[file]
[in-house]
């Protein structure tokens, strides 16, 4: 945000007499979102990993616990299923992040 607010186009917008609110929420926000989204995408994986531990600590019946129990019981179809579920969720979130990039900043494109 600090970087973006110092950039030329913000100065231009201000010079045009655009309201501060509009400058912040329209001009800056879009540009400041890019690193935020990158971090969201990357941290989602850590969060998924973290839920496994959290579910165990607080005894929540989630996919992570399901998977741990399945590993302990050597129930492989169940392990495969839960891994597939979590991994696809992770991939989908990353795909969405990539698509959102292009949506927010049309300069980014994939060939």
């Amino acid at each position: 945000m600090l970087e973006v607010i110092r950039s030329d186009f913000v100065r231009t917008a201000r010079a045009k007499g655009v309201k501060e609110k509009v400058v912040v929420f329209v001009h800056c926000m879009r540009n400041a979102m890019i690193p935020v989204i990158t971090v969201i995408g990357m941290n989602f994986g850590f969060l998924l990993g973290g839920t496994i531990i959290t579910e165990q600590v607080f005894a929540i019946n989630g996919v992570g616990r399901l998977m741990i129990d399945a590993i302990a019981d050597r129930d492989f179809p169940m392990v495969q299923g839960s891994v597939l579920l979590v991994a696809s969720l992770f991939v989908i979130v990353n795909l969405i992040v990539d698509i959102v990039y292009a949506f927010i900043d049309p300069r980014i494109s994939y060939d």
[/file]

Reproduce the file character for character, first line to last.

[in-house]
């Protein structure tokens, strides 16, 4: 945000007499979102990993616990299923992040 607010186009917008609110929420926000989204995408994986531990600590019946129990019981179809579920969720979130990039900043494109 600090970087973006110092950039030329913000100065231009201000010079045009655009309201501060509009400058912040329209001009800056879009540009400041890019690193935020990158971090969201990357941290989602850590969060998924973290839920496994959290579910165990607080005894929540989630996919992570399901998977741990399945590993302990050597129930492989169940392990495969839960891994597939979590991994696809992770991939989908990353795909969405990539698509959102292009949506927010049309300069980014994939060939």
């Amino acid at each position: 945000m600090l970087e973006v607010i110092r950039s030329d186009f913000v100065r231009t917008a201000r010079a045009k007499g655009v309201k501060e609110k509009v400058v912040v929420f329209v001009h800056c926000m879009r540009n400041a979102m890019i690193p935020v989204i990158t971090v969201i995408g990357m941290n989602f994986g850590f969060l998924l990993g973290g839920t496994i531990i959290t579910e165990q600590v607080f005894a929540i019946n989630g996919v992570g616990r399901l998977m741990i129990d399945a590993i302990a019981d050597r129930d492989f179809p169940m392990v495969q299923g839960s891994v597939l579920l979590v991994a696809s969720l992770f991939v989908i979130v990353n795909l969405i992040v990539d698509i959102v990039y292009a949506f927010i900043d049309p300069r980014i494109s994939y060939d």